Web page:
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J. Cole

Cole World: The Sideline Story

[Roc Nation; 2011]

By ; October 10, 2011 

Purchase at: Insound (Vinyl) | Amazon (MP3 & CD) | iTunes | MOG

Considering the proverb, “Speak softly and a carry a big stick,” and J. Cole largely seemed to adhere to the former point. The likeable underdog in a generation of largely flashy mannequin counterparts, Cole seemed so destined to underperform that many refused to recognize success when they saw it. When he spits, “’Cole ain’t hot?’ Where’d ya read that shit?” Cole’s not just rhyming, a stubborn online resistance did more to delay Cole World than waiting on a Jay-Z verse ever did. The MC’s imagined failures were so prominent that they began to seem real – ‘Hov doesn’t care about Cole, the debut will flop,’ – the griping went on and on.

And the negativity had an inevitable effect. Cole had brought hype and genuine respect to Roc Nation, but now the proud son’s debut didn’t seem to be creating the waves it was intended to. While Hov certainly must care about his employee to some extent, he hardly played a true mentor, largely skipping out on the process, finally dropping in for a verse on “Mr. Nice Watch,” all swag and fluff. Compared to the dramatic, star-ensuring verse he offered Drake last year, Hov’s true apprentice seems left with a pittance. No one seemed to be giving the poor kid the props he seemed guaranteed when The Warm Up dropped. You could call it a lack of ability to create hype, blame the kid.

Yet, he just hit the chart with a bullet, 218,000 units out the door. True, those aren’t Young Money numbers, but, then, it’s also true that Jay-Z is no Birdman, he doesn’t buy half his people’s records. The point is – Cole did those numbers in the face of the lack of shine he’s been given. Imagine the units he’d have pushed if Jay had genuinely backed him from the start, thrown him at the airwaves with a debut buzz track with Hov bars: nothing less than the treatment the ever-delaying Jay Electronica received.

Nonetheless, the lack of love hits Cole World. Had the album been treated by his superiors like Thank Me Later, it would have been an event, instead the record nearly plays like Cole figured out he was getting zero from headquarters and locked himself in the studio until it all sounded as perfect as it could. There’s a reason for that: Cole produces practically the entire album, and he’s clearly vigorously stepped up his ability. Here’s where the limitations hit: Cole had produced a solid album, all on his lonesome, and he had nary a thing to market it with. To get the album out, a generous amount of recycling occurs. Last year’s “In the Morning” reappears to take advantage of that “ft. Drake” sales boost, worse, Drizzy bested Cole then, it doesn’t sound any better on his own album. Even “Lights Please” returns, despite being the track that got him on the Roc in the first place. “Lost Ones” is also hardly new, but its brilliance easily justifies its presence.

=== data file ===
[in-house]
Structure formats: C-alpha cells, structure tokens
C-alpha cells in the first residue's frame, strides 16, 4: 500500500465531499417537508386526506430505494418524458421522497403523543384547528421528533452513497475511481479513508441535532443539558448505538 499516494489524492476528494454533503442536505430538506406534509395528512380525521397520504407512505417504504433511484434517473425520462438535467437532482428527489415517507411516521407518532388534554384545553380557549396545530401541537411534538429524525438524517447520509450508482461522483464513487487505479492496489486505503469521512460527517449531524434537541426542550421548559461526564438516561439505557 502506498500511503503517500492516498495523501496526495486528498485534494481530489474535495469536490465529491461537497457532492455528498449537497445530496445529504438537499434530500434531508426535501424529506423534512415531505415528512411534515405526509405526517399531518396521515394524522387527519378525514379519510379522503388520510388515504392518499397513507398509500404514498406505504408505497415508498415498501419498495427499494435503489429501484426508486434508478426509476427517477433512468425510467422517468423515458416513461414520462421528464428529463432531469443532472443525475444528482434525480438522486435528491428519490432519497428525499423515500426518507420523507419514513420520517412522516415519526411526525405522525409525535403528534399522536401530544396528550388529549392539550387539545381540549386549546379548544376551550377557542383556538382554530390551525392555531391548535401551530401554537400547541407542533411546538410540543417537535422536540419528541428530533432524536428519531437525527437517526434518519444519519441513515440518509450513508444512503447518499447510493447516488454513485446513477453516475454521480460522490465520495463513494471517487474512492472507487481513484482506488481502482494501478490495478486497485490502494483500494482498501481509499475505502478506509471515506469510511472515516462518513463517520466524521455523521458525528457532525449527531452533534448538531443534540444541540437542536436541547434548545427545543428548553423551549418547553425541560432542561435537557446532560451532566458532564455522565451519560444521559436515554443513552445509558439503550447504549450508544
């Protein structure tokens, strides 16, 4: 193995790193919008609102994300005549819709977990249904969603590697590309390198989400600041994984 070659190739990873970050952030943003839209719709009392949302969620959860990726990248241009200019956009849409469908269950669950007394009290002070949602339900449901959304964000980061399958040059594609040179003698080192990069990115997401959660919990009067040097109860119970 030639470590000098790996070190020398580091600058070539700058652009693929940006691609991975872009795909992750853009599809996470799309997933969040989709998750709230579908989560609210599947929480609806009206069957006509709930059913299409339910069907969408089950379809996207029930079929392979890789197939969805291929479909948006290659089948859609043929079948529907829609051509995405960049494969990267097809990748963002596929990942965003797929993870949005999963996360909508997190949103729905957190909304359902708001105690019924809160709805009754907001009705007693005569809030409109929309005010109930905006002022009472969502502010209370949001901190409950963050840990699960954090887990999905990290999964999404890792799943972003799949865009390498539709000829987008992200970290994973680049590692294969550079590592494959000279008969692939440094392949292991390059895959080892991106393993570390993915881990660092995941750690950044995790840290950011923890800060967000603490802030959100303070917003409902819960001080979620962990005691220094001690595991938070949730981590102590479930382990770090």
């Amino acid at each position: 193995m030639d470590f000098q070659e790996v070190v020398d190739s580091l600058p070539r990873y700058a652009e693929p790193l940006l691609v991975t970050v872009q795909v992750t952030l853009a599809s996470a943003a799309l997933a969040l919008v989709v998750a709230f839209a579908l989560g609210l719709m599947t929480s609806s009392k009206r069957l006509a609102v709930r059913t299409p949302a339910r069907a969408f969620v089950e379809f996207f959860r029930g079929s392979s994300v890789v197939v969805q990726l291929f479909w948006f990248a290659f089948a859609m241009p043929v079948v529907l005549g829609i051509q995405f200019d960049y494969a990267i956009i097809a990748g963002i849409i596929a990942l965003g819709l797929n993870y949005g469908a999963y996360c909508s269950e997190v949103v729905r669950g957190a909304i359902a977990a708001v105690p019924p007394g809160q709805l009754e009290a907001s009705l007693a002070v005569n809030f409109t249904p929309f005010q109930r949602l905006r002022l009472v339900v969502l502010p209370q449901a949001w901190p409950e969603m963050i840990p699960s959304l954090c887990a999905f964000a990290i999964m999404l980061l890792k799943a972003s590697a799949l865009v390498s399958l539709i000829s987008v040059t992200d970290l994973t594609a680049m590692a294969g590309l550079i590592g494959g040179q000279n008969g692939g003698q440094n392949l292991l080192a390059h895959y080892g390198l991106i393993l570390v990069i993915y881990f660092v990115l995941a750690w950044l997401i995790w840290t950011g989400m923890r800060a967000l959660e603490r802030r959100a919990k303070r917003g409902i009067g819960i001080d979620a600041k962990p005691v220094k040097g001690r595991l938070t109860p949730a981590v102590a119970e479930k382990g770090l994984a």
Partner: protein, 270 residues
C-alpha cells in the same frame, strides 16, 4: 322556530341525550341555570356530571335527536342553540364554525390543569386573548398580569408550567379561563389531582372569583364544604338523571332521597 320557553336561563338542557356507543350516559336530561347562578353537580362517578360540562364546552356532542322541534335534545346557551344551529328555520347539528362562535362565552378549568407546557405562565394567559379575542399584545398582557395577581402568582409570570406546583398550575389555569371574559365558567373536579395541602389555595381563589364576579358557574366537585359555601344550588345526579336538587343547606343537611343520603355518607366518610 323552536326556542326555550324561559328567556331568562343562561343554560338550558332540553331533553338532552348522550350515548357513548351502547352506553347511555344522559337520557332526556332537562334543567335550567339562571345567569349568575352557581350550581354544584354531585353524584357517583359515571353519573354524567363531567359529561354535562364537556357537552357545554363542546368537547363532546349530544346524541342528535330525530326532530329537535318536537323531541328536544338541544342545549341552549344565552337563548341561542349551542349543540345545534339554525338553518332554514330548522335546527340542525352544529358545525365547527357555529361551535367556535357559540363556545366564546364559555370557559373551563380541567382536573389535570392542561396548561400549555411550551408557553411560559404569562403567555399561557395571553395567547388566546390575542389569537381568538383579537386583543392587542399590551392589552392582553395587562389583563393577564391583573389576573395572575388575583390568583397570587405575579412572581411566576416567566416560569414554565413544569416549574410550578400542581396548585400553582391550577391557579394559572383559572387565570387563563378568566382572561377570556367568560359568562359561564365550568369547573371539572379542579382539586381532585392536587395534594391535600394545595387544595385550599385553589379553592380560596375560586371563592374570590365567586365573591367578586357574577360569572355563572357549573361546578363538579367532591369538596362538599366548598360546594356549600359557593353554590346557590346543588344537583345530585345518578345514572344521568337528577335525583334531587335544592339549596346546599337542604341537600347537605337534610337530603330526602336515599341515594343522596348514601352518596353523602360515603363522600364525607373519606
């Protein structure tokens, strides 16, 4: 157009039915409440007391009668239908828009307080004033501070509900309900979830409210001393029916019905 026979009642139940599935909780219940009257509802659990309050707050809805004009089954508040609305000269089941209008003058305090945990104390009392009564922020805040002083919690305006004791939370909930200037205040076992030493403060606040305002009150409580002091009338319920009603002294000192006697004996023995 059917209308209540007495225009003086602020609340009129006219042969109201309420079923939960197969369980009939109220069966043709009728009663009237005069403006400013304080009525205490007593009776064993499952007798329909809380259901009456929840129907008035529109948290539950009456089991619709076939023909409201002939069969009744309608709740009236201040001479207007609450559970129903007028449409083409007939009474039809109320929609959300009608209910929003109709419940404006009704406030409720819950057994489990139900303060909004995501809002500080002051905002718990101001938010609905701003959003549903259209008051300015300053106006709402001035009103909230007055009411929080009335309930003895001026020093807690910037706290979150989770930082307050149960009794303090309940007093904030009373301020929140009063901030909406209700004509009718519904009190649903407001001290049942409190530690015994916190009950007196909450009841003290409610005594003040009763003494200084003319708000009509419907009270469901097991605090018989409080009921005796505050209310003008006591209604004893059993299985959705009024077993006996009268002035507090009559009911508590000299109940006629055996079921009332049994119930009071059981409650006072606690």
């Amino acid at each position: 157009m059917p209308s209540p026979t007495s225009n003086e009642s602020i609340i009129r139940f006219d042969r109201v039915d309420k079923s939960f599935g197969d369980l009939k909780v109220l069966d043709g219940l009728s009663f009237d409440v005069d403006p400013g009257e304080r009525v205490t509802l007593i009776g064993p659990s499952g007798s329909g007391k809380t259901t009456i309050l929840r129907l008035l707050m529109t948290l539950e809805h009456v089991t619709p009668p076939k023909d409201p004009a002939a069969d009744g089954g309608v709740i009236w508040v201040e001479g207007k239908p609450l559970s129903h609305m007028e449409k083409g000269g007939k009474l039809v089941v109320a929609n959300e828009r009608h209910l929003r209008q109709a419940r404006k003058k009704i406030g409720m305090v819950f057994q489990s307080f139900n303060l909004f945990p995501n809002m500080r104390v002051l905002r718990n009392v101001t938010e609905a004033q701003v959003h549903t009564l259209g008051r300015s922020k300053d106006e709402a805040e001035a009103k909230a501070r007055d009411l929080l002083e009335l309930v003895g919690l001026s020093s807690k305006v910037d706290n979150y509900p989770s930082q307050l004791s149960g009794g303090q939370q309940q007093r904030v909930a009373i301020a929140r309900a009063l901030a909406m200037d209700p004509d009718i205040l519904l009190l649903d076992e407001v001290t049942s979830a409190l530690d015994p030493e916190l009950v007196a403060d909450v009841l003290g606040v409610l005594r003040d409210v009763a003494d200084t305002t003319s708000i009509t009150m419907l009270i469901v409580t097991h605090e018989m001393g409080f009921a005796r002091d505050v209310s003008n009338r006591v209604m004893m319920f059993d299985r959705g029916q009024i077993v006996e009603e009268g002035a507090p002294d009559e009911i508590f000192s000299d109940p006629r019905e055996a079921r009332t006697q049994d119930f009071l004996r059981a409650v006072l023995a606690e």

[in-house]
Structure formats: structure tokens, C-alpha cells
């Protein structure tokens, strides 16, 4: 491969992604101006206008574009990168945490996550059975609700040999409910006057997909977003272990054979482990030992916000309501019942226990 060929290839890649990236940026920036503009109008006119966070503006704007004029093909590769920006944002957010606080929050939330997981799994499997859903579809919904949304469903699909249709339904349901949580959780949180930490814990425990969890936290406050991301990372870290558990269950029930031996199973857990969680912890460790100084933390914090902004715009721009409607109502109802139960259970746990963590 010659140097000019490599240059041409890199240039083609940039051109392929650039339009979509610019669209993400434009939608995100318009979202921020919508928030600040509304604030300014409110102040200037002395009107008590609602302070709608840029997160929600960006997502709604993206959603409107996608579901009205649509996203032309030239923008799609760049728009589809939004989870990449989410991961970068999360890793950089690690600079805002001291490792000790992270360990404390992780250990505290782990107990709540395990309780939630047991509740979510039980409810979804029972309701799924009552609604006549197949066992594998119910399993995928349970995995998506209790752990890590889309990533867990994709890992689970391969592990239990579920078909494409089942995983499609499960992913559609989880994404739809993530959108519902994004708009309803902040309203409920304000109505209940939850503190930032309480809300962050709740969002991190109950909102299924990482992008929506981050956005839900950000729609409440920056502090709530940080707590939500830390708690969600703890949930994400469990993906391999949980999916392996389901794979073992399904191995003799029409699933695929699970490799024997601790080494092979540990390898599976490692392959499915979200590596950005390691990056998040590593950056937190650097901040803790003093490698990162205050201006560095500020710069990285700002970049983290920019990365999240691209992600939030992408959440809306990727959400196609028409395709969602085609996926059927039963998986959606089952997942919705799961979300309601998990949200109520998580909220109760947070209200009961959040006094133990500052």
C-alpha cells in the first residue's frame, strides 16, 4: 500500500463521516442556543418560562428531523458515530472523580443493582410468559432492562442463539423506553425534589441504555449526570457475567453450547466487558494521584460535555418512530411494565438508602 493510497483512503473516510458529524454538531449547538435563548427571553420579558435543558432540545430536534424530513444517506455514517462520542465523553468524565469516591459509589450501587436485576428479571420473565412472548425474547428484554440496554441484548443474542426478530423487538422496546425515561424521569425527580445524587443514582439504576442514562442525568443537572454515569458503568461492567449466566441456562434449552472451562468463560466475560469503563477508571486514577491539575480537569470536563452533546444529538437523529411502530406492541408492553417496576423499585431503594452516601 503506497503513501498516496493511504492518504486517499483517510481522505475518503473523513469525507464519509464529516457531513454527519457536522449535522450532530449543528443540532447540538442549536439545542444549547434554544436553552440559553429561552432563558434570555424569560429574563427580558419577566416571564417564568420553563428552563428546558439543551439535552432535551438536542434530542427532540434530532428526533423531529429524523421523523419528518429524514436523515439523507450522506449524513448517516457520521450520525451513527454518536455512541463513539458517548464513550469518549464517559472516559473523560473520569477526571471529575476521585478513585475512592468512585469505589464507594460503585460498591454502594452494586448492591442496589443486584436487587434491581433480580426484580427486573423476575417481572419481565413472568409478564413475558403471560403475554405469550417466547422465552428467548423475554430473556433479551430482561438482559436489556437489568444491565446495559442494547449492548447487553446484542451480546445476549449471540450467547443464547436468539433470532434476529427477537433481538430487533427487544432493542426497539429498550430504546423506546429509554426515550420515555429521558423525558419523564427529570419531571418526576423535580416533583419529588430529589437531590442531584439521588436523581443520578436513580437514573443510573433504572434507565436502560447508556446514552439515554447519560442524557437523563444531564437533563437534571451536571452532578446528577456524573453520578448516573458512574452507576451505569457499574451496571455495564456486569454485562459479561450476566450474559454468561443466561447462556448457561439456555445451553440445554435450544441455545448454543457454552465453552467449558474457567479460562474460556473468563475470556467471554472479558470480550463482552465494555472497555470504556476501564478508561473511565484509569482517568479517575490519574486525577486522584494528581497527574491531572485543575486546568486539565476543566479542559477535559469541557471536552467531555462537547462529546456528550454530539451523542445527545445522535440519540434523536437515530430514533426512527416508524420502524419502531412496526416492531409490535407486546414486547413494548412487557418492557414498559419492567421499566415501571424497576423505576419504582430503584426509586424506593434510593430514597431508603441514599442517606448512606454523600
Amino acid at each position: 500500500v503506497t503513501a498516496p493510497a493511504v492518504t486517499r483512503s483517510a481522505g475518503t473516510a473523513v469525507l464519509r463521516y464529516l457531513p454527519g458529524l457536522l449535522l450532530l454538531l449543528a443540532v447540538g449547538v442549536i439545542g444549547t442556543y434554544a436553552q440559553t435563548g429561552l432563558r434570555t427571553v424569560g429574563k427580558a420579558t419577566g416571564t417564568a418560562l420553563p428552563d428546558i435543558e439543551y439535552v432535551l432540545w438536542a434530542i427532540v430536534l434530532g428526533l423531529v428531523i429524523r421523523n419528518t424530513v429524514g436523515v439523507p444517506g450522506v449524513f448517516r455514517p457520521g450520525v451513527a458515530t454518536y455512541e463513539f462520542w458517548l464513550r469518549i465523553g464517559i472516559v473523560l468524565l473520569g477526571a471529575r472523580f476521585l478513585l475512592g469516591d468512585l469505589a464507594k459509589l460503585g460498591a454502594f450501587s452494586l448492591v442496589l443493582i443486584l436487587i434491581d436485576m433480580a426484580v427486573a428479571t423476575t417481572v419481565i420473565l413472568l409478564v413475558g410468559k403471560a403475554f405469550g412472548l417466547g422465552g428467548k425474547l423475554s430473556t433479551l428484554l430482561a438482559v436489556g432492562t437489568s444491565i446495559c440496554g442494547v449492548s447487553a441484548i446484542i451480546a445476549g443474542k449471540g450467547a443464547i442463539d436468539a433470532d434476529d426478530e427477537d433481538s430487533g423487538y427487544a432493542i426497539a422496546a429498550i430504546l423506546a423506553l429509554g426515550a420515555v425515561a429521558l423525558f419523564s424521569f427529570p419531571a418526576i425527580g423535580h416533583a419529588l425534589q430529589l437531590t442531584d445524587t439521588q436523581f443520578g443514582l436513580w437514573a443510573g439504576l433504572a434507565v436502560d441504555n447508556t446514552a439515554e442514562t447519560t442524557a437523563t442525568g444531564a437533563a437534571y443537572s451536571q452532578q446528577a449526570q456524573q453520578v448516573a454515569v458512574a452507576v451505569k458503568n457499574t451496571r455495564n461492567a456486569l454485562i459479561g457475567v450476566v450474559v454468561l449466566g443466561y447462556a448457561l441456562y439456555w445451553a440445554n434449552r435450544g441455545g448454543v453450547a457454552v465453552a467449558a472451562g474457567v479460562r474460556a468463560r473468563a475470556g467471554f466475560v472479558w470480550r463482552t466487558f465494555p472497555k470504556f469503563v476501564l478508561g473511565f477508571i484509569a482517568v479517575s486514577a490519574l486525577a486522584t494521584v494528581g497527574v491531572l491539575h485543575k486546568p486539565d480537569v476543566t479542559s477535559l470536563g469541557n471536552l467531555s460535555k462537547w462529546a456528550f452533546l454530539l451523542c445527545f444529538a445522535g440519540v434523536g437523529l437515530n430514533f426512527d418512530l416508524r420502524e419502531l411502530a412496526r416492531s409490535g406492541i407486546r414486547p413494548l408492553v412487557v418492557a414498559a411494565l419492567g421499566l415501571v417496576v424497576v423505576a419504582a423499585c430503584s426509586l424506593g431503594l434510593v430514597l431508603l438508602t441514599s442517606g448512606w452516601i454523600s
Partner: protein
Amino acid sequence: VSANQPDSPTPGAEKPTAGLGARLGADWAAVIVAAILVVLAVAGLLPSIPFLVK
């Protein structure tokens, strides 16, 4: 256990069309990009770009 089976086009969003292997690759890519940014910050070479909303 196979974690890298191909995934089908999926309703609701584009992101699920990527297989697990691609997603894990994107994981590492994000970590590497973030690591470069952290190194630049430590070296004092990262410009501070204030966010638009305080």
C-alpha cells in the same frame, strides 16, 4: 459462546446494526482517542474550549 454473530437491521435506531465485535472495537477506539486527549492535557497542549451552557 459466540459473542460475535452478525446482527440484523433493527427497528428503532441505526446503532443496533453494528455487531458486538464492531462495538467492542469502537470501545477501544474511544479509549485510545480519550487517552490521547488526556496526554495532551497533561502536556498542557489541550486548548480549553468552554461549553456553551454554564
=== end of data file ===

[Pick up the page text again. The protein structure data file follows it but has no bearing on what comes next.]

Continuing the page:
It’s understandable – Cole simply needed those tracks to get the album out the gate. And he makes a relative riot out of the whole one man show thing. Missy Elliott nails a sing-song hook on “Nobody’s Perfect,” which – like much of Cole’s production here – captures a both smooth and bombastic sound that hasn’t been presented so effectively in mainstream rap for some time. “Some nigga asked me why Jay never shout me out, like I’m supposed to give a fuck,” Cole declares early on. It’s true; Cole is a man to himself. He was faced with ignorance, and cranked out a hit album in its face. It’s a rather small affair for an MC debuting at #1 on the charts in 2011, not every guy with a mic and a potentially falsified criminal history gets a deal from Puff anymore. It’s easy to forget: selling is everything, and most guys these days just don’t sell. Let’s get it clear: put Cole’s 218,000 up against B.o.B’s debut week, 84,000. Without a “Nothin on You,” “Airplanes,” or Eminem verse. One hopes someone at Roc Nation gleans the importance of those figures, or that Simba gets more love from his Mufasa, but this time out, we got an album entirely thrown on the shoulders of the cub, and like a growing king, J. Cole actually pulled it off, but scope, cohesiveness, and focus couldn’t help but become somewhat lost in the disarray.


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